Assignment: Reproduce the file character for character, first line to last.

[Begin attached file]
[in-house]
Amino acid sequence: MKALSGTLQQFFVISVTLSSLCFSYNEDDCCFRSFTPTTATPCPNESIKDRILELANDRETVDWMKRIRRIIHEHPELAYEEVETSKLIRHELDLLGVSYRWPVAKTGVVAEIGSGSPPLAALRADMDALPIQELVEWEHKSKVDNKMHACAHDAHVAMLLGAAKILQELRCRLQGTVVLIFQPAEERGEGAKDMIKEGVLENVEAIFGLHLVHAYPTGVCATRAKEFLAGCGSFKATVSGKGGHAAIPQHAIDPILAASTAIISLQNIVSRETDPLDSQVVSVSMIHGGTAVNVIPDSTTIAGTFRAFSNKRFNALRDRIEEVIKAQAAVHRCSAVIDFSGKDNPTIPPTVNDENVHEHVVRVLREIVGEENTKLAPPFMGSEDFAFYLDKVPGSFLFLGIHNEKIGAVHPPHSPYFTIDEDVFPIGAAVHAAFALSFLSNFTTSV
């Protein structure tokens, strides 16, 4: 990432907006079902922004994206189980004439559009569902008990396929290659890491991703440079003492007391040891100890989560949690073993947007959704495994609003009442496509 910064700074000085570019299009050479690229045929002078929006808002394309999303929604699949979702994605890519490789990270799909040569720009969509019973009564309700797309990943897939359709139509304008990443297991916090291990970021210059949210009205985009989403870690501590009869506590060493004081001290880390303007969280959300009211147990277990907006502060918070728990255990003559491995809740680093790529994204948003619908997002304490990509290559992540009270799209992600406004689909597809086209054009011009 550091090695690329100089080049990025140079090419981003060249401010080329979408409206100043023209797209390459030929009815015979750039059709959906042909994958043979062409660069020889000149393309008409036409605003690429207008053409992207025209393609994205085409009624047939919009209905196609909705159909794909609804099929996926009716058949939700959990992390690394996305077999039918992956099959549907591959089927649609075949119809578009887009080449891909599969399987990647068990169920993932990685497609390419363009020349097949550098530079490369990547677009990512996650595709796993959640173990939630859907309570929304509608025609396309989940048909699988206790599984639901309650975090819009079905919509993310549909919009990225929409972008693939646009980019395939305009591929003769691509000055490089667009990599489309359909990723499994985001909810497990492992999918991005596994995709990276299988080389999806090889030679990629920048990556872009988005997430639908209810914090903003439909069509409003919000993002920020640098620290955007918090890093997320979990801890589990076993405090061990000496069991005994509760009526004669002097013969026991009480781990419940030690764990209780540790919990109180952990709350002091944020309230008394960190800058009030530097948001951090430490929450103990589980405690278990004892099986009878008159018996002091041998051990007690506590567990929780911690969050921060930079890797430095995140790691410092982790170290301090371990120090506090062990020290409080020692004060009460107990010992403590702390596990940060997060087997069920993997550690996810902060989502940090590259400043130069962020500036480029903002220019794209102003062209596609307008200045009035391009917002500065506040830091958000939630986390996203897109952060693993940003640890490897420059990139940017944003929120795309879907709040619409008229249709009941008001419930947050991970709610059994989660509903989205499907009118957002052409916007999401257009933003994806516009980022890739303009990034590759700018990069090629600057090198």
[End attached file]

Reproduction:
[in-house]
Amino acid sequence: MKALSGTLQQFFVISVTLSSLCFSYNEDDCCFRSFTPTTATPCPNESIKDRILELANDRETVDWMKRIRRIIHEHPELAYEEVETSKLIRHELDLLGVSYRWPVAKTGVVAEIGSGSPPLAALRADMDALPIQELVEWEHKSKVDNKMHACAHDAHVAMLLGAAKILQELRCRLQGTVVLIFQPAEERGEGAKDMIKEGVLENVEAIFGLHLVHAYPTGVCATRAKEFLAGCGSFKATVSGKGGHAAIPQHAIDPILAASTAIISLQNIVSRETDPLDSQVVSVSMIHGGTAVNVIPDSTTIAGTFRAFSNKRFNALRDRIEEVIKAQAAVHRCSAVIDFSGKDNPTIPPTVNDENVHEHVVRVLREIVGEENTKLAPPFMGSEDFAFYLDKVPGSFLFLGIHNEKIGAVHPPHSPYFTIDEDVFPIGAAVHAAFALSFLSNFTTSV
């Protein structure tokens, strides 16, 4: 990432907006079902922004994206189980004439559009569902008990396929290659890491991703440079003492007391040891100890989560949690073993947007959704495994609003009442496509 910064700074000085570019299009050479690229045929002078929006808002394309999303929604699949979702994605890519490789990270799909040569720009969509019973009564309700797309990943897939359709139509304008990443297991916090291990970021210059949210009205985009989403870690501590009869506590060493004081001290880390303007969280959300009211147990277990907006502060918070728990255990003559491995809740680093790529994204948003619908997002304490990509290559992540009270799209992600406004689909597809086209054009011009 550091090695690329100089080049990025140079090419981003060249401010080329979408409206100043023209797209390459030929009815015979750039059709959906042909994958043979062409660069020889000149393309008409036409605003690429207008053409992207025209393609994205085409009624047939919009209905196609909705159909794909609804099929996926009716058949939700959990992390690394996305077999039918992956099959549907591959089927649609075949119809578009887009080449891909599969399987990647068990169920993932990685497609390419363009020349097949550098530079490369990547677009990512996650595709796993959640173990939630859907309570929304509608025609396309989940048909699988206790599984639901309650975090819009079905919509993310549909919009990225929409972008693939646009980019395939305009591929003769691509000055490089667009990599489309359909990723499994985001909810497990492992999918991005596994995709990276299988080389999806090889030679990629920048990556872009988005997430639908209810914090903003439909069509409003919000993002920020640098620290955007918090890093997320979990801890589990076993405090061990000496069991005994509760009526004669002097013969026991009480781990419940030690764990209780540790919990109180952990709350002091944020309230008394960190800058009030530097948001951090430490929450103990589980405690278990004892099986009878008159018996002091041998051990007690506590567990929780911690969050921060930079890797430095995140790691410092982790170290301090371990120090506090062990020290409080020692004060009460107990010992403590702390596990940060997060087997069920993997550690996810902060989502940090590259400043130069962020500036480029903002220019794209102003062209596609307008200045009035391009917002500065506040830091958000939630986390996203897109952060693993940003640890490897420059990139940017944003929120795309879907709040619409008229249709009941008001419930947050991970709610059994989660509903989205499907009118957002052409916007999401257009933003994806516009980022890739303009990034590759700018990069090629600057090198």